COMMENT: Contempt of court Bill will entrench self-censorship
The new Bill will have its second reading on 15 August. (Photo: Reuters)
It’s a most noble name: the Administration of Justice (Protection) Bill. What’s not to like? Who doesn’t want the administration of justice to be protected?
But is that really what’s happening here?
The Bill was introduced by the Lee administration last month and will have its second reading on 15 August. It’s meant to provide clarity on offences related to contempt of court, which is currently based on previous rulings and precedents.
Yet, an examination of the Bill shows that clarity is still lacking. Instead, we appear to be codifying contempt of court offences in ways that could have a chilling effect on free speech in Singapore.
First off, it isn’t really that much clearer what is or isn’t contempt of court. Court proceedings are considered to have commenced once an investigation is launched, and run until the appeal is concluded or the period of limitation for the appeal has expired.
That is a significant amount of time, so what sort of comment or action would be considered contempt of court during such a period?
“It depends” was the best answer lawyers could give at a forum discussing the Bill on Saturday (30 July).
Experienced lawyer Peter Low said that even legal professionals can find it tough to figure out when the line is crossed. Sui Yi Siong, a young lawyer who has done research on the issue of sub judice, pointed out that the phrase “prejudges an issue in a court proceeding” in the Bill is very broad.
Low also highlighted that the legal test used to determine whether one has committed the offence of scandalising the judiciary is merely one of “a risk that public confidence… would be undermined”, which sets a very low bar that could potentially apply to a wide range of speech.
On top of this lack of certainty come other concerns. While the reach of a particular comment is currently taken into consideration when deciding whether it’s in contempt, the Bill specifies “publication” as the dissemination, distribution, exhibition, provision or communication by oral, visual, written, electronic or other means to the public at large or a member of the public. This effectively means that even speech communicated to one other person in Singapore could be found to be in contempt.
These restrictions could prevent Singaporeans from discussing issues of public interest at a time when the matter is most relevant.
Take the Benjamin Lim case, for example: the 14-year-old’s death raised questions over police procedure when it comes to investigations involving minors. The protection (or lack thereof) of minors—and indeed other vulnerable persons—during police investigations is an important public interest issue, related not just to the safety of Singaporeans but also the integrity of and public confidence in law enforcement.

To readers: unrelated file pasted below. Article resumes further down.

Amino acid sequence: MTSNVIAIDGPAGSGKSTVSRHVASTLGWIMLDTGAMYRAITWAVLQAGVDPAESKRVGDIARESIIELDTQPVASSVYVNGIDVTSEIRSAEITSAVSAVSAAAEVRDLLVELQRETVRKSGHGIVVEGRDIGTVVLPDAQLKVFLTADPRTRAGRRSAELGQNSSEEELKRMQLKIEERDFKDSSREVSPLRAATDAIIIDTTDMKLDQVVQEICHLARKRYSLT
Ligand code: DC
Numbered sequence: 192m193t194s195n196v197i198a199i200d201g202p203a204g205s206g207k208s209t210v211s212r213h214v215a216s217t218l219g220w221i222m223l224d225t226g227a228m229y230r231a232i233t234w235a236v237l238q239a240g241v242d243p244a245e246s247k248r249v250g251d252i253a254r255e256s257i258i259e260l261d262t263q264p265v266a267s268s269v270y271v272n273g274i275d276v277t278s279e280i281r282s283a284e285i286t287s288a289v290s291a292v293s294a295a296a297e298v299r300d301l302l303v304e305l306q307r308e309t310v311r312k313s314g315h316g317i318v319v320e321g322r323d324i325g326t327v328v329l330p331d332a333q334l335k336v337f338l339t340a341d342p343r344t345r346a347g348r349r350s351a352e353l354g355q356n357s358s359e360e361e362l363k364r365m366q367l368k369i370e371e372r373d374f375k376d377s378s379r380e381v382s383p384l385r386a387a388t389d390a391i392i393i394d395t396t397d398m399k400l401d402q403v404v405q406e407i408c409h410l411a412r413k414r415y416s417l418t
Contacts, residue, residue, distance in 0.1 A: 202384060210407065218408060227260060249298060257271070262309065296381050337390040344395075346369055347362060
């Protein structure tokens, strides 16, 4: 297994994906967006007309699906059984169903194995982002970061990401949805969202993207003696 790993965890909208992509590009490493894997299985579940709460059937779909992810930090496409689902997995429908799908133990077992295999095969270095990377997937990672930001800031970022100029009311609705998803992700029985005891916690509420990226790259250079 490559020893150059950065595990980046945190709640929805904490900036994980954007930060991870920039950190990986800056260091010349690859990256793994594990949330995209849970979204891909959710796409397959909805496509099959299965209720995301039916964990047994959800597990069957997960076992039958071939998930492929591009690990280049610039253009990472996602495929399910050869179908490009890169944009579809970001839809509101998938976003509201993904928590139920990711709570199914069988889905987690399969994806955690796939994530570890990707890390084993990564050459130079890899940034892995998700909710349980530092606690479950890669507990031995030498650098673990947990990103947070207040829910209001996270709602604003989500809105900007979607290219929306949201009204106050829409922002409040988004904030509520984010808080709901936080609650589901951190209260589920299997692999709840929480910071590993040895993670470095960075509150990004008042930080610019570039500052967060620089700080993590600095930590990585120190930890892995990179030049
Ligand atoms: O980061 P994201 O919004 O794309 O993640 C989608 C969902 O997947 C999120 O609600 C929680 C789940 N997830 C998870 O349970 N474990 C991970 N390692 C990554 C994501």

Even the President of the normally reserved Law Society commented on the need for early access to legal counsel, and wondered if things could have been done differently to prevent the tragedy. He came under fire from the Law Minister, who characterised his comments as “deliberate, dishonest attacks”.
Veteran lawyer Peter Low speaking about the proposed Bill at a forum on Saturday. (Photo: Kirsten Han)
If the Administration of Justice (Protection) Bill were to pass, would the Law Society president’s comments have been deemed in contempt of court? Would Singaporeans still have been able to talk about the issues highlighted by this case, while the police investigations into his death were ongoing, and then a Coroner’s Inquiry launched?
Under this new Bill, the offence of contempt is also deemed arrestable, which means that the police won’t need warrants to search, seize, or arrest.
Like what happened with Teo Soh Lung and Roy Ngerng over the alleged breach of Cooling-Off Day rules, if one is accused of contempt under this new Bill, the police will be able to search your home, seize your property and question you for hours without the need for a warrant. And at that point of time, criticising the behaviour of the police or speaking out about the problematic aspects of this Bill (which would be law by then) could potentially also be in contempt of court.
Then we come to the matter of penalties. The Bill stipulates that the maximum penalty for contempt of court is a fine of $100,000, a jail term of three years, or both. This is far higher than any of the current precedents we have, including the case of British journalist Alan Shadrake, whose case was described as the worst case of contempt in Singapore. He was fined $20,000 and given six weeks’ imprisonment.
Lack of balance
While tensions between the offence of contempt and the principle of free speech will always exist, the broad and wide-ranging language used in the Administration of Justice (Protection) Bill gets the balance wrong. Leaving people confused over what can or can’t be said will have a chilling effect, whatever the intention of the law, further entrenching a culture of self-censorship and passive citizenship that’s detrimental to Singaporean society in the long run.
The Bill will have its second reading on 15 August. It’s possible that it could proceed to its third reading on the same day, and be passed into law, with its broad language and lack of thorough public consultation.
If you’re troubled by the Bill, there’s no time like the present to make that known. Tell people in your social network about the Bill and your concerns. Contact your Member of Parliament. Keep talking and get the word out; if the Bill were to pass in its current form, our right to talk will be even less certain.
Kirsten Han is a Singaporean blogger and journalist. She is also involved in the We Believe in Second Chances campaign for the abolishment of the death penalty. A social media junkie, she tweets at @kixes. The views expressed are her own.